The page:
Received date: October 31, 2012; Accepted date: November 01 2012; Published date: November 03, 2012
Citation: Sharma H, Parekh S (2012) Clinical Trials Regulations in India. Pharmaceut Reg Affairs 1:e118. doi:10.4172/2167-7689.1000e118
Copyright: © 2012 Sharma H, et al. This is an open-access article distributed under the terms of the Creative Commons Attribution License, which permits unrestricted use, distribution, and reproduction in any medium, provided the original author and source are credited.
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India is a preferred destination for most of the leading global companies for carrying out clinical trials. Apart from specific elements of the Indian market that attract global players, the main aspect that puts the country at an advantage is the notable momentum adopted by the Indian Council of Medical Research (ICMR) and the Central Drugs Standard Control Organization (CDSCO) - Directorate General of Health Services, Government of India, in tandem with global regulatory guidelines – in building up a robust regulatory system, considering India’s involvement in global GCP has only happened in the past decade. Most of the concerns were looked into detail and new guidelines and laws were introduced to strengthen the existing regulations. Thus, a balance between the ethics and trade has been created for both the government and the private sector.
Due to India’s advantage of strategic location, skilled manpower, low cost, good medical infrastructure and English speaking population, the number of clinical trials were augmented from 1300 in 2009 to more than 1900 by 2013. The regulatory bodies therefore recognized the need to frame guidelines and regulatory approval processes on a par with international standards.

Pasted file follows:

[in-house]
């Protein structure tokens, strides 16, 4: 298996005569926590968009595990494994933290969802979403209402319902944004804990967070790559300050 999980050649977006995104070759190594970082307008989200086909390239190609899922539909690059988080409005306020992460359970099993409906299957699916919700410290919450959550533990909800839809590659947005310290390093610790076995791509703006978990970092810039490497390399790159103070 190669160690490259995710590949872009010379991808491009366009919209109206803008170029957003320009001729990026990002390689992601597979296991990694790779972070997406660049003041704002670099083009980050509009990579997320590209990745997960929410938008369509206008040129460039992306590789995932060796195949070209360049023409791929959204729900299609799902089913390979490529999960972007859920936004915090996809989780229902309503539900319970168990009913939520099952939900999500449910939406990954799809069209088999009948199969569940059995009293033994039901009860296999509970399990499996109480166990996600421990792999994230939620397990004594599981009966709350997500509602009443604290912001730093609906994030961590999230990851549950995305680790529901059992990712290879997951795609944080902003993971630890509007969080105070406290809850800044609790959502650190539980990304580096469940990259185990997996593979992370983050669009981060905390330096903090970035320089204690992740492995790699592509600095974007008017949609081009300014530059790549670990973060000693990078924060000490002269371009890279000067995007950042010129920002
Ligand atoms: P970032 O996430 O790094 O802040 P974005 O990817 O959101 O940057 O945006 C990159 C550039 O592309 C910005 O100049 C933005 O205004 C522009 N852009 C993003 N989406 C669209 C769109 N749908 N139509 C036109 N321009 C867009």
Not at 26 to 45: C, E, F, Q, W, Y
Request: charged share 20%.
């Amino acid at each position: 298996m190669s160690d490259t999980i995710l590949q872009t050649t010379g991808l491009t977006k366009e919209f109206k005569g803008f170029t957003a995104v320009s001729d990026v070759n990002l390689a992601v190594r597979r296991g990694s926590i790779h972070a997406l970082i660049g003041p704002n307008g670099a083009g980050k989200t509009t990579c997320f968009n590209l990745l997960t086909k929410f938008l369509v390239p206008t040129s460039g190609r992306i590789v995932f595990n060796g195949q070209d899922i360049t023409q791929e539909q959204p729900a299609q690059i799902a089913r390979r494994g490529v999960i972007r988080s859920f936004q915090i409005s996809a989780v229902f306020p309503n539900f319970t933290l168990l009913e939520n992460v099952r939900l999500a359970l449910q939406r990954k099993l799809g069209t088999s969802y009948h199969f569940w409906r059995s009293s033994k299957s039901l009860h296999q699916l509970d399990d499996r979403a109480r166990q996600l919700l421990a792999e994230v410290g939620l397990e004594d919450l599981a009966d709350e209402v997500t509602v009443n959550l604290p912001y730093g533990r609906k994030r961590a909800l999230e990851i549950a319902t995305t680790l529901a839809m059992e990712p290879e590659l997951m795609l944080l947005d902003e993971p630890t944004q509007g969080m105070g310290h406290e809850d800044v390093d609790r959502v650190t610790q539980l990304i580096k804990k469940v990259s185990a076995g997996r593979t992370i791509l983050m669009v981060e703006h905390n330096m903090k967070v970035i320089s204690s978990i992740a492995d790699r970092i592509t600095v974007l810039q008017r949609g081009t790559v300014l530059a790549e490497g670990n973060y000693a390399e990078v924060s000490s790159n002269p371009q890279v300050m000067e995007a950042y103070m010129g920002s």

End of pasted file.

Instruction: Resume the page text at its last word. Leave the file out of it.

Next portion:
Many of the new laws, guidance documents, notifications and initiatives for regulating pharmaceutical industry were in the charts for quite a long time. Now, Indian regulatory authorities have started looking into speedy implementation and providing support in terms of necessary infrastructure and investment. Also, setting up of an appropriate administrative and monitory mechanism is on the cards to ensure its functioning.
In India, the Central Drugs Standard Control Organization (CDSCO) which comes under the Ministry of Health and Family Welfare is the main body which works on development of regulatory procedures and standards for drugs, cosmetics, diagnostics and devices. It lays down regulatory guidance by amending acts and rules; and regulates new drug approval process. Its main objective is to standardize clinical research and bring safer drugs to the Indian market.